CNN's Jim Acosta bragged that his network does not call the Affordable
Care Act "ObamaCare," a term he said Republicans prefer. However, CNN
has repeatedly referred to the law as "ObamaCare" in its reporting.
"He [Romney] used the term 'ObamaCare,' which by the way, that's fine in Republican circles, but there are a lot of Democrats who sort of bristle at using the term 'ObamaCare'," Acosta explained on Wednesday after Mitt Romney used the term when addressing the Democratic-friendly NAACP. "We at CNN use the term 'the President's health care law,' at least in our news reporting," Acosta boasted.
That is not the case, according to CNN's own reporting on the Supreme Court's decision on the health care law:
[Video below. Audio here.]
When news broke of the Court's decision on June 28, anchor Wolf Blitzer
said to a guest that "the bottom line, John, seems to be that
'ObamaCare,' as it's called, is in fact constitutional."
Soon after the decision, correspondent Casey Wian asked a citizen of Stockton, California "Don, what did you think when the Supreme Court decided to uphold ObamaCare?"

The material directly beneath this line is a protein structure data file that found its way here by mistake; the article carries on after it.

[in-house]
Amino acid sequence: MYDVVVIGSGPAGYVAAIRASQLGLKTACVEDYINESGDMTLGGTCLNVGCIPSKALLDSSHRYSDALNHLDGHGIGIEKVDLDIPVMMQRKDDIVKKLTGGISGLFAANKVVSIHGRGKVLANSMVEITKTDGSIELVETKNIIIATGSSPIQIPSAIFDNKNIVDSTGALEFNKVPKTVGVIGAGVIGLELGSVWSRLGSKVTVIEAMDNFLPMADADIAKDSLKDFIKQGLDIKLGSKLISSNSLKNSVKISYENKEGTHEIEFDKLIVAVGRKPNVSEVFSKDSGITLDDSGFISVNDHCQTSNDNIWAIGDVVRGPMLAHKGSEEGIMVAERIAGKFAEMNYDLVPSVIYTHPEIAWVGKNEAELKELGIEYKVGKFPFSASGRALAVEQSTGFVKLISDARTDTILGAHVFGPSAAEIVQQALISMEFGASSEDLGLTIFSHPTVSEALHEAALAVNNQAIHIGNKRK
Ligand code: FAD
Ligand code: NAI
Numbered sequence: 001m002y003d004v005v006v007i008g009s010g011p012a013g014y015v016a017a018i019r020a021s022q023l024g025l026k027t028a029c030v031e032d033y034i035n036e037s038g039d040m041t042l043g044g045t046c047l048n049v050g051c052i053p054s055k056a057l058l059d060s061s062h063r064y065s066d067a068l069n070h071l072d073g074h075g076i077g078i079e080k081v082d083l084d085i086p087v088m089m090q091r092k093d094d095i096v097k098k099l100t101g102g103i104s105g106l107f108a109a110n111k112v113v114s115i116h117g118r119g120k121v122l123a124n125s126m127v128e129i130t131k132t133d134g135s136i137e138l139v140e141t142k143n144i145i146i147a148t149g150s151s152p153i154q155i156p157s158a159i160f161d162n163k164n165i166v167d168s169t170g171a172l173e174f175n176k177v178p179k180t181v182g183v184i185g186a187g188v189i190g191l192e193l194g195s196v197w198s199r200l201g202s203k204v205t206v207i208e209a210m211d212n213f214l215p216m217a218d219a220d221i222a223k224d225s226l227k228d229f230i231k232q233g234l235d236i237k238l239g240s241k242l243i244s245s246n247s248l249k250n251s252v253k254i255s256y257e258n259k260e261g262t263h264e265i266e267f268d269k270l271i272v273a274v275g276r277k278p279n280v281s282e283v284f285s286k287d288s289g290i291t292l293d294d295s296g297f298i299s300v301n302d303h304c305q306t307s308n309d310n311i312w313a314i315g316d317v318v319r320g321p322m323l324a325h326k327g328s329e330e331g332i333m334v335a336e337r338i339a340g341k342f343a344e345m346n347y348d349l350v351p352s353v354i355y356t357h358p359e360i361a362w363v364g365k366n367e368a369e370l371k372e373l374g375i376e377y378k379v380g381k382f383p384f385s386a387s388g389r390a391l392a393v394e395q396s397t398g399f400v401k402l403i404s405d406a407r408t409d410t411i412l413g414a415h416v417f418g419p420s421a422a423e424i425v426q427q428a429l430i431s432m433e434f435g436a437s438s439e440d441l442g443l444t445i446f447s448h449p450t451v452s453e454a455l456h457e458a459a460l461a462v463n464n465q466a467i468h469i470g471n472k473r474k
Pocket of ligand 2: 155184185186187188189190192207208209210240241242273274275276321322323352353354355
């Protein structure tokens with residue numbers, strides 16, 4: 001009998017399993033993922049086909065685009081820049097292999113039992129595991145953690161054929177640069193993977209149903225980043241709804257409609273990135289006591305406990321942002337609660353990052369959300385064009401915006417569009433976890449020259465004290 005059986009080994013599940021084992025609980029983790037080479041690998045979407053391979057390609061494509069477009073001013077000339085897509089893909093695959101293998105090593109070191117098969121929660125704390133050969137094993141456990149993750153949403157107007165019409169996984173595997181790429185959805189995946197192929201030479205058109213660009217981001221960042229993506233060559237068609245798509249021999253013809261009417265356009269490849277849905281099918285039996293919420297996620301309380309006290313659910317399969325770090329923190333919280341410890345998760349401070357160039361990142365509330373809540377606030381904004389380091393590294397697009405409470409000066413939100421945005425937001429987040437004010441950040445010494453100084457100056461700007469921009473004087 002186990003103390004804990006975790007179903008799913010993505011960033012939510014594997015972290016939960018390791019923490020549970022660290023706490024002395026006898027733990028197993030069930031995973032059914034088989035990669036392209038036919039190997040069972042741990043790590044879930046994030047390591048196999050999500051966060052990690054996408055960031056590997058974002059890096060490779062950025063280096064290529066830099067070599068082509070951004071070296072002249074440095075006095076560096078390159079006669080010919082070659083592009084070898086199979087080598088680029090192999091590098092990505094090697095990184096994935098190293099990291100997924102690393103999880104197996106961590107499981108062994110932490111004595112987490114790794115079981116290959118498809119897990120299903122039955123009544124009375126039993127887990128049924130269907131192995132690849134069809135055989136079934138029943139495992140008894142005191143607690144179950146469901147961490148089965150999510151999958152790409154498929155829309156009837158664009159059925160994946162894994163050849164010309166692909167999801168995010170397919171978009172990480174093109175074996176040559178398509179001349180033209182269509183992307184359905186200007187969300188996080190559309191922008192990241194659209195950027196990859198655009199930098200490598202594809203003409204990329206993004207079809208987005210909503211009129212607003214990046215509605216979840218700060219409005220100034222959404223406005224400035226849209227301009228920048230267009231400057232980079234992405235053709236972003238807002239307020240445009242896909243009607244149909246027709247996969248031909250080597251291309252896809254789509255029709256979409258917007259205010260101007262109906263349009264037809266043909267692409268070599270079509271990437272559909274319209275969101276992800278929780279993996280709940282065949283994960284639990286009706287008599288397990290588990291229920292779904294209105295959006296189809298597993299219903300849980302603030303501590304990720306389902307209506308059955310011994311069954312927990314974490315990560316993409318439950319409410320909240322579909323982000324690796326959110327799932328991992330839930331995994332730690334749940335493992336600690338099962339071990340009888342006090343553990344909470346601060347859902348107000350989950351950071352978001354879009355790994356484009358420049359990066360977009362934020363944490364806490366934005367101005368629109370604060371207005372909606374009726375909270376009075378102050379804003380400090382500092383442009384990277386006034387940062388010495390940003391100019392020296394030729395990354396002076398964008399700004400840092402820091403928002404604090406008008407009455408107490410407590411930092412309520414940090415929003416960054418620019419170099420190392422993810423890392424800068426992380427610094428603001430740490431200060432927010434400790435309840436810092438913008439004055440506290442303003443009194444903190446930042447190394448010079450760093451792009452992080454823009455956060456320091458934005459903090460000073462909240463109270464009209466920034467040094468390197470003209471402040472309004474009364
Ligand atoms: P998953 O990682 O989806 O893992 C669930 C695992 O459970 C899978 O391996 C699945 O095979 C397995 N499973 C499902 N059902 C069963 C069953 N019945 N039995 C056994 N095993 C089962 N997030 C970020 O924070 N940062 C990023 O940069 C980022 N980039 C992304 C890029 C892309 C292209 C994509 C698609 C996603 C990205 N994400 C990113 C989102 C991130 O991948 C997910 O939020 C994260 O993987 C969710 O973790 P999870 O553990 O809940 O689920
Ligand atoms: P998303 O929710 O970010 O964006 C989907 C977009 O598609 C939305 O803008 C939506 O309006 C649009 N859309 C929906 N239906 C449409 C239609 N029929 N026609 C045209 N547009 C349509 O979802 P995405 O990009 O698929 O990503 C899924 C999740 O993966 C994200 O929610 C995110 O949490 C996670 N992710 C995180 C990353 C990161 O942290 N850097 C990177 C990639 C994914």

That afternoon, anchor Brooke Baldwin posed this question to Sen. Olympia Snowe: "What's so unique to your story and your voting record is you actually did not vote for ObamaCare when it went to the full Senate, but you did vote for it in committee. Why?"
The next morning, anchor Ashleigh Banfield opened the 5 a.m. hour of Early Start by reporting "A historic day for health care in America. ObamaCare upheld."
And on the June 29 edition of The Situation Room, anchor Candy Crowley said that "Mitt Romney is vowing to get rid of ObamaCare despite the Supreme Court ruling upholding it."
On Thursday morning, Acosta did admit that "there are some Democrats who sort of like that term," which is not what he emphasized the day before. "I mean, there have been some Democrats who have said we like the term 'ObamaCare,' because it almost sounds like 'Obama Cares'," he told anchor Carol Costello.
Costello had pressed him into admitting that when she said Vice President Joe Biden should express his "love" for "ObamaCare" in the first line of his Thursday address to the NAACP.
"And the other thing he [Biden] will probably pick up and run with, of course, Mitt Romney was booed when he said he would repeal 'ObamaCare,' and he used that term 'ObamaCare.' Maybe Joe Biden's first line should be about how we love ObamaCare – not we, per se, but the African-Americans in the audience," Costello suggested on Thursday morning.